Two Harbors bailing on jumbo bonds already impacting mortgage market
Ripple effect already takes down one jumbo originator, for now
[August 1: Article updated to include comment from Parkside Lending, which is one of the top originators in Two Harbors’ deals.]
Two Harbors Investment Corp. shocked the mortgage industry Thursday when it announced that it planned to shutter its mortgage loan conduit and securitization business.
As HousingWire wrote Thursday, Two Harbors was a relatively consistent issuer of prime, jumbo residential mortgage-backed securities in the post-crisis era.
Last year, for example, Two Harbors issued seven jumbo RMBS deals under its Agate Bay Mortgage Trust series. And so far this year, Two Harbors brought two more Agate Bay deals to the market.
But now, citing “challenging market conditions,” Two Harbors is abandoning the jumbo mortgage acquisition and securitization business.
“I am extremely proud of the efforts of our team since embarking on this initiative in 2011, as the company was able to build out a best-in-class infrastructure, develop a high quality network of mortgage loan originators and establish Agate Bay Mortgage Trust as a well-respected securitization platform,” Thomas Siering, Two Harbors’ president and chief executive officer, said Thursday.
But what about those loan originators? What happens to them now that there’s one less buyer and securitizer of jumbo mortgages in the market?
As it turns out, the ripple effect of Two Harbors pulling back from the jumbo loan market is already being felt, with one of Two Harbors’ top originators already saying it’s going to stop originating jumbo loans, at least for now.
According to mortgage industry insider Rob Chrisman, NYCB Mortgage Company, the mortgage subsidiary of New York Community Bank, sent a note out Thursday stating that it is suspending its jumbo fixed 30-Year loan program.
The reason: “the immediate and unexpected closure of one of our investors.”
A review of pre-sale documents for Two Harbors’ most recent jumbo RMBS deals shows that NYCB Mortgage and New York Community Bank are both among the top originators of the loans that backed those deals.
New York Community Bank and NYCB Mortgage were actually in the top two originators in each of Two Harbors’ last four jumbo RMBS deals.
In Agate Bay 2015-6, Two Harbors’ sixth securitization of 2015, loans originated by NYCB Mortgage constituted 13.9% of the $310.39 million deal. In Agate Bay 2015-7, loans originated by NYCB Mortgage represented 8.9% of the $334.76 million deal, while loans originated by New York Community Bank represented 5.3% of the deal.
In Two Harbors first (and only) two jumbo RMBS deals of 2016, loans originated by New York Community Bank represented 10.3% of the $304.75 million Agate Bay 2016-1 deal, and 13% of the $332 million Agate Bay 2016-2 deal.
New York Community Bank confirmed the suspension of the jumbo fixed 30-Year loan program to HousingWire, but noted that it’s only temporary.
“We are temporarily not accepting new registrations for only one specific segment of jumbo mortgage. That is new registrations for the 30-year term, fixed-rate jumbo,” the company said in a statement.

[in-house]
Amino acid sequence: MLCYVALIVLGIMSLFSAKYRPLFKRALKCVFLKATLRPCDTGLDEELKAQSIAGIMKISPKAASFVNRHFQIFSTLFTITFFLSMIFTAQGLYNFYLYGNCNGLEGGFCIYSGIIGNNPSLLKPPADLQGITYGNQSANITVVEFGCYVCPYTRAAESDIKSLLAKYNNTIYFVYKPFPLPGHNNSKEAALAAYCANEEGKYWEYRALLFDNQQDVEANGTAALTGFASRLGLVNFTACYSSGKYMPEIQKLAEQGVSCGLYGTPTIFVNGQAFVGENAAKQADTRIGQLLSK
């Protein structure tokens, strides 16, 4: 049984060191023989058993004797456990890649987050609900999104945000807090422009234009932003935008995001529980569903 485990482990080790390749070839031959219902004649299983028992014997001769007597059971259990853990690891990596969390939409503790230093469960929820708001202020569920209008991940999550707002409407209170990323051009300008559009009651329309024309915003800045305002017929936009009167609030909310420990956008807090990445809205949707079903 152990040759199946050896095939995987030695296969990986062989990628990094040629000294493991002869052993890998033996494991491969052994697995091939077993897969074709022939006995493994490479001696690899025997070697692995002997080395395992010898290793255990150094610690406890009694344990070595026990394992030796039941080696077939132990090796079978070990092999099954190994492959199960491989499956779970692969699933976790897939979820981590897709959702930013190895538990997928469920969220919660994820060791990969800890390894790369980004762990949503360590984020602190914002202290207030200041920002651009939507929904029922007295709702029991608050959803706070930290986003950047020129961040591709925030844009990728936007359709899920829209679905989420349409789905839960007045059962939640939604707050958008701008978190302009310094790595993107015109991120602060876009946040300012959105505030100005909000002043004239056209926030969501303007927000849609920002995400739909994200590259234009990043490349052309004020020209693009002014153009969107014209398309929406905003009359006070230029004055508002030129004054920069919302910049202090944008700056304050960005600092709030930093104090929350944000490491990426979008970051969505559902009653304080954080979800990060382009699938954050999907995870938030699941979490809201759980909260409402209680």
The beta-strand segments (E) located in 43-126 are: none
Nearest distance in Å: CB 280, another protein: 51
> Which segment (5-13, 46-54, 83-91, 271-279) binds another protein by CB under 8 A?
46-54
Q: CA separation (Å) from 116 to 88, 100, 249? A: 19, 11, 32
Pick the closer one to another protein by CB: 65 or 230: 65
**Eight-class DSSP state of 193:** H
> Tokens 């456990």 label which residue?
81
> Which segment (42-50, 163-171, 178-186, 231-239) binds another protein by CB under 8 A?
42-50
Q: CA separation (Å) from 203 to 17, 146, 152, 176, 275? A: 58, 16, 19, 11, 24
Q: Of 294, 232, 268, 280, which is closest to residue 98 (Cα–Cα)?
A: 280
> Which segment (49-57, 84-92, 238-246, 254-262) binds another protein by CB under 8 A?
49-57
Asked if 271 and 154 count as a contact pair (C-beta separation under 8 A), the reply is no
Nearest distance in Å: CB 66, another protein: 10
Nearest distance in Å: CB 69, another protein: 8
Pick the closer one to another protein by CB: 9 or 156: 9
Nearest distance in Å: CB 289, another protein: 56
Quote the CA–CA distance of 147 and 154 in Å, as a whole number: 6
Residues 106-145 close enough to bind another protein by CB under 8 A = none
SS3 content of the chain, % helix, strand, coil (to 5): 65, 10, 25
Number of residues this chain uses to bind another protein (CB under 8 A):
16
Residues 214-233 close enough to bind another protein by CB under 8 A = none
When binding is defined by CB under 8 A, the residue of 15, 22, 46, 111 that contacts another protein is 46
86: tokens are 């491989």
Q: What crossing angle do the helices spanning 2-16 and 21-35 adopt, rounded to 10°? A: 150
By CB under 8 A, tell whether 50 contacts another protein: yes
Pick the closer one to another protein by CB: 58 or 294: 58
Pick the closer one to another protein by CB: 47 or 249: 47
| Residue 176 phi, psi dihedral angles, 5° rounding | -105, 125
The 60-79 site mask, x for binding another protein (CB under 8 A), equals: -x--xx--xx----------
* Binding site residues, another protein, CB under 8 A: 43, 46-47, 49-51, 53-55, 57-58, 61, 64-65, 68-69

“All existing registrations of such 30-year term, fixed-rate jumbo mortgages will be completed through to loan closing,” the company continued.
“We also continue without change to accept new registrations for 15-year term, jumbo fixed-rate and all adjustable-rate jumbo mortgages,” the company added. “We are completing the process of replacing our previous investor with alternative investors for the 30-year term, fixed-rate jumbo and plan to again begin accepting new registrations in the near future.”
As for the rest of Two Harbors’ top originators, it’s radio silence so far, outside of loanDepot, which said that it won’t be commenting at this time, and the following comment from Parkside Lending.
“Our deep experience has taught us that in the mortgage industry, the only constant is change. That knowledge combined with the fact that one of our core values at Parkside Lending is centered around endurance and longevity means that we proactively prepare to handle the changing fluctuations of the market. Two Harbors' exit is unfortunate, but our strategic planning process has given us the foresight to partner with multiple investors,” said Matthew Ostrander, chairman and CEO of Parkside Lending.
Other top originators in Two Harbors’ deals include United Shore, Stonegate Mortgage, George Mason Mortgage, Broker Solutions, Provident Savings Bank, Prospect Mortgage, Commerce Home Mortgage, and Fairway Independent Mortgage.
HousingWire attempted to contact each of those companies to ask how Two Harbors’ decision would impact each company’s business, but, there’s no response from any of them thus far.
As for why Two Harbors is bailing on buying and securitizing jumbo loans, Matt Scully of Bloomberg gives a good explanation.
From Scully’s article:
Since the housing bubble burst, these bonds have been one of the few types of mortgage securities that investors have bought from issuers without government guarantees. The borrowers for jumbo loans tend to be wealthy and to have strong credit histories, making the bonds backed by these mortgages relatively safe.
But banks flush with deposits have been willing to pay more for these loans than bond investors, making it more profitable for lenders to sell mortgages to banks than to securitize.